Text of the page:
By using a novel formula for the principal eigenvalue of the stability operator, I will argue that similar results may hold in general black hole spacetimes.

Back to program
17:30
Thomas Bäckdahl
How to measure deviation from the Kerr initial data -- recent progress

Thomas Bäckdahl

How to measure deviation from the Kerr initial data -- recent progress

Abstract: In this talk I will present recent progress concerning a construction of a geometric invariant for initial data sets for the Einstein vacuum field equations. This geometric invariant vanishes if and only if the initial data set corresponds to data for the Kerr spacetime, and thus, it characterizes this type of data. This construction is based on Killing spinors and have now been carried out for compact domains and domains reaching the asymptotically flat ends. We investigate properties of this invariant.

Back to program
17:45
Carla Cederbaum
The Geometry of Static Spacetimes: Geometrostatics

Carla Cederbaum

The Geometry of Static Spacetimes: Geometrostatics

Abstract: Geometrostatics is an important subdomain of Einstein's General Relativity. It describes the mathematical and physical properties of static isolated relativistic systems such as stars, galaxies or black holes. For example, geometrostatic systems have a well-defined ADM-mass (Chrusciel, Bartnik) and (if this is nonzero) also a center of mass (Huisken-Yau, Metzger) induced by a CMC-foliation at infinity. We will present localized surface integral formulas for these physical properties in general geometrostatic systems. Together with an asymptotic analysis, these can be used to prove that ADM-mass and center of mass 'converge' to the Newtonian mass and center of mass in the Newtonian limit $c\to\infty$ (using Ehler's frame theory). We will discuss geometric similarities of geometrostatic and classical static Newtonian systems along the way.

Back to program
18:00
Frederic Schuller
Geometrodynamics beyond Einstein

Frederic Schuller

Geometrodynamics beyond Einstein

Abstract: Which alternative geometries on a smooth manifold can serve as a spacetime structure? And what are their gravitational dynamics? In this talk I will show that these questions surprisingly have rather comprehensive answers, if one employs an intriguing interplay of real algebraic geometry, convex analysis and the theory of hyperbolic polynomials.

Back to program
18:15
Norman Gürlebeck
Source integrals for Geroch's Multipole Moments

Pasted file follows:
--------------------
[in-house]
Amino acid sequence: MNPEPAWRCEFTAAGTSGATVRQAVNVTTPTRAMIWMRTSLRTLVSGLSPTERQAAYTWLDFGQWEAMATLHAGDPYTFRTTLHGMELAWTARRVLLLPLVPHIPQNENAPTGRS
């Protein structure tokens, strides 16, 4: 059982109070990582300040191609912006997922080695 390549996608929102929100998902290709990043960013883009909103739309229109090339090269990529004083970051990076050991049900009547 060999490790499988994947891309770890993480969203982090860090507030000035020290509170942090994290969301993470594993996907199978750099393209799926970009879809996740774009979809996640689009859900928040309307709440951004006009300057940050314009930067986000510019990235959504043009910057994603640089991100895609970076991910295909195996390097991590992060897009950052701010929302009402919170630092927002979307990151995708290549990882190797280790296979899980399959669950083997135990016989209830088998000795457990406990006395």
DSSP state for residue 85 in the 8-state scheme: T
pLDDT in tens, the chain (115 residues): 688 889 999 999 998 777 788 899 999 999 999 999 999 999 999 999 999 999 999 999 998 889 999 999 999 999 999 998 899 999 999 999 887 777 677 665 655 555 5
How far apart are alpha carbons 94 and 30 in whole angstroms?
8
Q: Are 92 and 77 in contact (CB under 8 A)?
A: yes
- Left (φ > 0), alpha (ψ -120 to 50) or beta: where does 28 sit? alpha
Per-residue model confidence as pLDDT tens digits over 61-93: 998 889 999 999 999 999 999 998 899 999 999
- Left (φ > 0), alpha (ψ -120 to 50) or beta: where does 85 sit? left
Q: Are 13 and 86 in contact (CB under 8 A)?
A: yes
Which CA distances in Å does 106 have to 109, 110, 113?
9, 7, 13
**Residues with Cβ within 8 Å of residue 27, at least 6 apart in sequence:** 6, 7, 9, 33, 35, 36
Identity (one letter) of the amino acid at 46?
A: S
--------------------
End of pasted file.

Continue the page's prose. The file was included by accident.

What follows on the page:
Norman Gürlebeck

Source integrals for Geroch's Multipole Moments

Abstract: Geroch's multipole moments of a stationary spacetime are defined by the asymptotic behavior of its metric near spatial infinity. They can be used to describe the spacetime sufficiently far away from the source. However, their relation to the source itself is only clarified for the leading multipole moments -- the mass and, in case of axially symmetry, the angular momentum -- via the Komar integrals. We describe here an algorithm to derive such source integrals for stationary and axially symmetric spacetimes also for higher multipole moments and give the first few examples explicitly. In the special case of staticity, we give all multipole moments in such a local form.

Back to program

### Parallel Session in Red Lecture Hall

Chair:
Peter Aichelburg
16:00
Donald Lynden-Bell
Strong Gravomagnetism and Gravitational Solenoids

Donald Lynden-Bell

Strong Gravomagnetism and Gravitational Solenoids

Abstract: In electromagnetism a current along a wire tightly wound on a torus makes a solenoid whose magnetic field is confined within the torus. In Einstein's gravity we give a corresponding solution in which a current of matter moves up on the inside of a toroidal shell and down on the outside, rolling around the torus by the short way. The metric is static outside the torus but stationary inside with the gravomagnetic field confined inside the torus, running around it by the long way. This exact solution of Einstein's equations is found by fitting Bonnor's solution for the metric of a light beam, which gives the required toroidal gravomagnetic field inside the torus, to the general Weyl static external metric in toroidal coordinates, which we develop. We deduce the matter tensor on the torus and find when it obeys the energy conditions. We also give the equipotential shells that generate the simple Bach–Weyl metric externally and find which shells obey the energy conditions.